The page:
Helicobacter Pylori Infection Triggers PERK-Associated Survivin Loss in Gastric Tissue Samples and Cell Lines
Author(s): Paula Díaz, Alejandra Román, Gonzalo Carrasco-Aviño, Andrés Rodríguez, Alejandro H Corvalán, Sergio Lavandero, Andrew FG Quest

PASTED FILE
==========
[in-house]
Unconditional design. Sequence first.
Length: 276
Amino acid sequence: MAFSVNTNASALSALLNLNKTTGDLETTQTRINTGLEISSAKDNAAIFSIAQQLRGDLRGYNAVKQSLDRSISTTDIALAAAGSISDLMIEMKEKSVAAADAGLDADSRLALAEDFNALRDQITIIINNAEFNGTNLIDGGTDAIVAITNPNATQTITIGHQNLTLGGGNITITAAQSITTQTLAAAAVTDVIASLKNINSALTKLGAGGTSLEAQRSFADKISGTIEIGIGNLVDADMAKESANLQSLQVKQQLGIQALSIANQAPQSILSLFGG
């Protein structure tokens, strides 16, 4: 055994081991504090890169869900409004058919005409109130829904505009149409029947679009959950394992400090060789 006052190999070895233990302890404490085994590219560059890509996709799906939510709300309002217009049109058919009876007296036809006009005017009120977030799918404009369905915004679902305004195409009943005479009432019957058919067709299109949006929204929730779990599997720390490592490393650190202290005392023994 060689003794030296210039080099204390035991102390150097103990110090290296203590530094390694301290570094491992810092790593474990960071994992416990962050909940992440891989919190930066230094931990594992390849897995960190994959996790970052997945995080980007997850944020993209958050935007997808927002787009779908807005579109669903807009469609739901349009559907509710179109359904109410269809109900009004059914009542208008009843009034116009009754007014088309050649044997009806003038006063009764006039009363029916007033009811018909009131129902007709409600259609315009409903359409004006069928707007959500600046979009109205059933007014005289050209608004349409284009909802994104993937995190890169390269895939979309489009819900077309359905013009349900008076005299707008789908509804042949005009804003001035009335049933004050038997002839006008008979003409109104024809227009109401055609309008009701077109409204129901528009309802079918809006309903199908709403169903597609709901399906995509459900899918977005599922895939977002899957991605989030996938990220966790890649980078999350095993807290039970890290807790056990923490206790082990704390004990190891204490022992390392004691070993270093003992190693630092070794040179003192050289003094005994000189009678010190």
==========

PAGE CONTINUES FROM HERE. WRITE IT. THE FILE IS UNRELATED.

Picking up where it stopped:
Infection by Helicobacter pylori (Hp) is the main risk factor associated with the development and progression of precancerous lesions to gastric cancer. Protein kinase R (PKR)-like endoplasmic reticulum kinase (PERK) is activated by endoplasmic reticulum (ER) stress, and ER stress-induced apoptotic cell death has been associated with Hp infection. Survivin, an inhibitor of apoptosis, is downregulated in the mucosa of Hp infected subjects and loss of survivin in gastric cells correlates with reduced viability. Here, we determined whether Hp-induced changes in PERK contribute to the loss of survivin, previously associated with the genesis of gastric cancer precancerous lesions. Our results show that PERK is activated in the early stages of Hp infection in the human gastric mucosa affected by gastritis and PERK activation coincided with reduced survivin levels compared with Hp-negative gastritis. Upon Hp infection in vitro, PERK silencing restored survivin abundance and its activity increased survivin loss, in parallel with a partial downstream activation of the α- subunit of eukaryotic initiation factor-2 (eIF2α). Our results suggest a novel mechanism by which Hp-stimulated PERK reduces gastric cell viability/proliferation by downregulating survivin and is likely to favour the genesis of gastric cancer precancerous lesions.